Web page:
Former Colorado College defenseman Gustav Olofsson made his mark in his second stint in the NHL, to the delight of his college team and its fans.
What made it even more exciting for his former coaches and teammates is that he did so playing alongside former Tigers All-American defenseman Nate Prosser in what Minnesota media dubbed the "all-CC pairing" or "The Tigers pair."
It was the first time two former Tigers defensemen were paired together in the NHL and they did it for the Western Conference-leading Minnesota Wild.
One of his former teammates, CC captain Sam Rothstein, is happy to see his friend performing well for the senior's hometown Wild. Olofsson and Carolina regular Jaccob Slavin would have been seniors this season.
"It's really cool to see guys you came in with do well," Rothstein said. "We still keep in touch and (Olofsson) follows the program and wants it to succeed. It's especially nice because of the kind of guy Goose is and what I have heard about Prosser. It's always good to see those guys have success."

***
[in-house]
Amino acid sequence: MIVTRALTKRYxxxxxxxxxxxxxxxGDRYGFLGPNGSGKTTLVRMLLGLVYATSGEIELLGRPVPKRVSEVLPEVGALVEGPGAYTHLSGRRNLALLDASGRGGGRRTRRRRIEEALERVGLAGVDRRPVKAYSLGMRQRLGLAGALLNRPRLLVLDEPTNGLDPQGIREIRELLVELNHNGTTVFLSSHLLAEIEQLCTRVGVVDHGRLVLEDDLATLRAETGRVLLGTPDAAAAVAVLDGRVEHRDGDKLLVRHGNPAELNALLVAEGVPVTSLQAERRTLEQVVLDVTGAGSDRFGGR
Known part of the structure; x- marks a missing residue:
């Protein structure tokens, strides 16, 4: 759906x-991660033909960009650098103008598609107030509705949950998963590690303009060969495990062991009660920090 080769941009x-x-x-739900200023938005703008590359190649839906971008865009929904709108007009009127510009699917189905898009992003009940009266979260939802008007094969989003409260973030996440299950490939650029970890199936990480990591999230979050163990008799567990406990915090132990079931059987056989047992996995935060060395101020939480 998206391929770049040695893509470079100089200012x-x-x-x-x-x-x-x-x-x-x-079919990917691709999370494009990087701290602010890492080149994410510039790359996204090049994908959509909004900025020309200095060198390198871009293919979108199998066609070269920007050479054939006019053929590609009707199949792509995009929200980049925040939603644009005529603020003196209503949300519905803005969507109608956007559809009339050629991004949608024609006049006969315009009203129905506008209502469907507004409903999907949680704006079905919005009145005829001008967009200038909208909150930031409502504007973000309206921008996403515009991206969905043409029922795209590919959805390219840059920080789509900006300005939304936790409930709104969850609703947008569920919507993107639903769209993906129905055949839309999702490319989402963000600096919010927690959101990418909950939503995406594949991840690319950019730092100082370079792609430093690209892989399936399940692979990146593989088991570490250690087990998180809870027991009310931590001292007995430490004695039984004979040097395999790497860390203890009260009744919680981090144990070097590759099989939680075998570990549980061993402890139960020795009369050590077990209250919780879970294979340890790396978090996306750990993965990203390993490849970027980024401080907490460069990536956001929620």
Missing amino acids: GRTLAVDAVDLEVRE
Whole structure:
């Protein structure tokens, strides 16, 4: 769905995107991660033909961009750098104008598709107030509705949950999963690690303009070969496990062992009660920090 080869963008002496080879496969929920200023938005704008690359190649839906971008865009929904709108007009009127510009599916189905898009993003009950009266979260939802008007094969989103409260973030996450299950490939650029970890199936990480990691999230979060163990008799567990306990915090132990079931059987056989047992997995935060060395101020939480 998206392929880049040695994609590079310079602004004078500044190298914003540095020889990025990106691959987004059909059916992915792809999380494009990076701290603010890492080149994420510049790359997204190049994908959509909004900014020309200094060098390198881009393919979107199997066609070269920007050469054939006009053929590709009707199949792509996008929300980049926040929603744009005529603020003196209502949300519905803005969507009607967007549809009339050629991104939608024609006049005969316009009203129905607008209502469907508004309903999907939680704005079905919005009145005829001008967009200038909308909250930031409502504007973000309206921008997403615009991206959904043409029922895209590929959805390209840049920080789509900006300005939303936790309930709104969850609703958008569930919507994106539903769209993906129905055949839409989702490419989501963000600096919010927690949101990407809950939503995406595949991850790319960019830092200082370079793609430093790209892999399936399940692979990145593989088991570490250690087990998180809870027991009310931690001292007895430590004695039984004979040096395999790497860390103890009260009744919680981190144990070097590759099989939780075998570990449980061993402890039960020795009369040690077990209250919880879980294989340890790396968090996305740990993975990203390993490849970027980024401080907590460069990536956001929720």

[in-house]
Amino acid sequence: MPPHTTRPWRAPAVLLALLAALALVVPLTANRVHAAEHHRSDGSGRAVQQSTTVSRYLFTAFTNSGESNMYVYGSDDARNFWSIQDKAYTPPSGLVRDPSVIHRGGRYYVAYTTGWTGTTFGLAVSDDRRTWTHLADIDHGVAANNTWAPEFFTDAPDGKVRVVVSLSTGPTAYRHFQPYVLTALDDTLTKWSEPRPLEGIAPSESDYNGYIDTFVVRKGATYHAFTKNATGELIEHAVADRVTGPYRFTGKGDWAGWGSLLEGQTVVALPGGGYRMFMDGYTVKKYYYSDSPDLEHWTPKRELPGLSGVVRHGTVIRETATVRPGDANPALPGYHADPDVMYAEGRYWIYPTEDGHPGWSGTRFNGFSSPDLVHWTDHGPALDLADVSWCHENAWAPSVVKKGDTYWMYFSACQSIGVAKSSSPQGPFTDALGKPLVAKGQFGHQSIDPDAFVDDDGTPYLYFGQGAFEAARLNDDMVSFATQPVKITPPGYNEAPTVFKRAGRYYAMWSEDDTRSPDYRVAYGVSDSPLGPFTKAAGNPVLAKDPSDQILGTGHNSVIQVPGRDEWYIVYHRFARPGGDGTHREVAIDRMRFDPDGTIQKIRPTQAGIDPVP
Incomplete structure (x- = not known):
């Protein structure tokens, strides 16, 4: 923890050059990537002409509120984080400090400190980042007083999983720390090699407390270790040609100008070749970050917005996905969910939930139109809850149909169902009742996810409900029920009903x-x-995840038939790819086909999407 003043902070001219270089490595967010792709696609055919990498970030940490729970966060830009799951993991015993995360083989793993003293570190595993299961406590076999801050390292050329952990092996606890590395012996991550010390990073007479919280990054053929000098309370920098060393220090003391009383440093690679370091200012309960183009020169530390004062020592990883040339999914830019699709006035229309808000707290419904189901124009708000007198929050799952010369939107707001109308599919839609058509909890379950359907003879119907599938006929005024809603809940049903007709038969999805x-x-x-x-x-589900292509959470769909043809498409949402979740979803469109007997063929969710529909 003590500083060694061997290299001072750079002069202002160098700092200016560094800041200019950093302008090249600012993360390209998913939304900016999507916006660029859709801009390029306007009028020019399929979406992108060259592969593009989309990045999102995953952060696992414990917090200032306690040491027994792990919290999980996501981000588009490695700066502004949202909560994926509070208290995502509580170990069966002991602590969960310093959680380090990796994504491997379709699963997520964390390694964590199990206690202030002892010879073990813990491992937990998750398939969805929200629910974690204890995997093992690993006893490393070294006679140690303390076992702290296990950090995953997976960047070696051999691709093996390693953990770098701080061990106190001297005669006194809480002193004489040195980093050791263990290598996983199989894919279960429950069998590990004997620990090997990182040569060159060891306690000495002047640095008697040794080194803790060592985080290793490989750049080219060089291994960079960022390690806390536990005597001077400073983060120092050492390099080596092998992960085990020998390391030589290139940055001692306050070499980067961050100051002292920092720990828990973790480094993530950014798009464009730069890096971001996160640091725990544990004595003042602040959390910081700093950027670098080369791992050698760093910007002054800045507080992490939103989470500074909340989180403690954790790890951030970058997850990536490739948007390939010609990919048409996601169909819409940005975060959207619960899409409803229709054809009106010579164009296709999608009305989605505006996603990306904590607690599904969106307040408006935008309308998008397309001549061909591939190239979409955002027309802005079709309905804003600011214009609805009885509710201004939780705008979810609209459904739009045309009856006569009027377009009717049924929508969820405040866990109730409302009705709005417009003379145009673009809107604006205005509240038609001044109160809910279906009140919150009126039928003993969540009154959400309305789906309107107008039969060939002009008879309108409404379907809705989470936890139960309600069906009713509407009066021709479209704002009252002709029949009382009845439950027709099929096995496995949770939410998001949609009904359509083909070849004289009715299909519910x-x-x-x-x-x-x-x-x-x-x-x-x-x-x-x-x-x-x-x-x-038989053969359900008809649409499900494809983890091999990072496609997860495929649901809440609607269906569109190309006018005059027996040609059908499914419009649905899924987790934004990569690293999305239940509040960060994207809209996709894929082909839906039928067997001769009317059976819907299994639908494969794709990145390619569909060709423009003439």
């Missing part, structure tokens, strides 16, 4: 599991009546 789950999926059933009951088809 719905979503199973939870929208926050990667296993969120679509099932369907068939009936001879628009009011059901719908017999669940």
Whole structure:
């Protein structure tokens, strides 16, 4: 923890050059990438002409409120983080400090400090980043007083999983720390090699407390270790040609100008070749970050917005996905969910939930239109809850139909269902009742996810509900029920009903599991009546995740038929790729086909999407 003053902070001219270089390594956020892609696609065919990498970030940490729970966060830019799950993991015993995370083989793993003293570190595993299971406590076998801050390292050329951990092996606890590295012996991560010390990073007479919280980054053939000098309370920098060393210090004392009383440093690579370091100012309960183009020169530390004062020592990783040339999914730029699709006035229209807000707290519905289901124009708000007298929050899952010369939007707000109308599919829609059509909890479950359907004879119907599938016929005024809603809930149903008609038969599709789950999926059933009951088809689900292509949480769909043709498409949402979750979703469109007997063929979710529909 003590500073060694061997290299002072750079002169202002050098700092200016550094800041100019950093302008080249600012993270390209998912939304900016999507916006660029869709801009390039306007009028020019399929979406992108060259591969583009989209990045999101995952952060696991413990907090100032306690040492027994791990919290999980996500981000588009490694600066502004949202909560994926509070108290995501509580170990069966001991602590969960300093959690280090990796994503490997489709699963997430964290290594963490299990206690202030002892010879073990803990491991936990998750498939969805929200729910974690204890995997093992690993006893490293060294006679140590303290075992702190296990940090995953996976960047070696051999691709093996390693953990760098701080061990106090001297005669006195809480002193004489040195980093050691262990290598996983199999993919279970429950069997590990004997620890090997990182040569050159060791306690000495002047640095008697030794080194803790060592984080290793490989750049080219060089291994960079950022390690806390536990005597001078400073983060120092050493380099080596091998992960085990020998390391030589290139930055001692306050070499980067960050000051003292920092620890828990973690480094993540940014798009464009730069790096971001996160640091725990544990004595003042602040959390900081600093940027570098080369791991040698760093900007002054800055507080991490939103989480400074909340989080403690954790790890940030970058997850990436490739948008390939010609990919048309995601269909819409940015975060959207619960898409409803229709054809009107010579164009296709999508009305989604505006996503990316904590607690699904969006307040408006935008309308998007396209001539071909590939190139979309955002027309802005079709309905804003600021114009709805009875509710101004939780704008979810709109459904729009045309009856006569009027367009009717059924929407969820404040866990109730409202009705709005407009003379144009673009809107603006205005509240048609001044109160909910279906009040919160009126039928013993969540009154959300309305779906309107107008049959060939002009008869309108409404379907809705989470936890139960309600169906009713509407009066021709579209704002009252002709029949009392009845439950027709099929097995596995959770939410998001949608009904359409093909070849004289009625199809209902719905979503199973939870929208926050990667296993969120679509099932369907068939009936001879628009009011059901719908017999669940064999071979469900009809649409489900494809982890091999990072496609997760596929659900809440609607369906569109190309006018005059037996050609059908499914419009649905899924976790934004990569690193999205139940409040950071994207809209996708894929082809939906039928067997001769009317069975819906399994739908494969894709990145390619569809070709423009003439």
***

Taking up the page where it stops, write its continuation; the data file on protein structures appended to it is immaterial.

"It reflects well on the program and it shows there have been some unbelievable players who have come through here," Rothstein added.
Olofsson was sent down to the Iowa Wild of the American Hockey League on Wednesday morning after playing in eight games and recording his first NHL points. He tallied two assists against Detroit on Feb. 12.
"It was a good start to kind of ease the nerves," Olofsson said during a media conference. "I think those were some of the easiest points I've ever gotten playing hockey."
The duo was a good third pairing with the 30-year-old Prosser (270 NHL games, 35 points) providing valuable advice and backup for the 22-year-old Olofsson, a native of Sweden raised in Colorado.
"It's unbelievable," Olofsson said. "Everyone makes it easier, especially Prosser. They have made the transition very easy."
There was a learning curve, seen during some defensive breakdowns, but injuries allowed the 2013 second-round Wild draft pick to experience his first extended stay in the NHL after recording two games in his first two professional seasons.
The recent playing time - about 16 minutes a game - is important for Olofsson, who is entering the final season of his three-year rookie deal. Due to two season-ending injuries, his pro games have been limited.
The Wild management took advantage of the situation to see how Olofsson might fit in their plans. The experience should prove valuable.
"(Prosser) knows what it takes to be a pro and I think Gustav is learning from him," Tigers coach Mike Haviland said. "It's outstanding for them and our program because whenever you have national recognition of former players it is a good thing."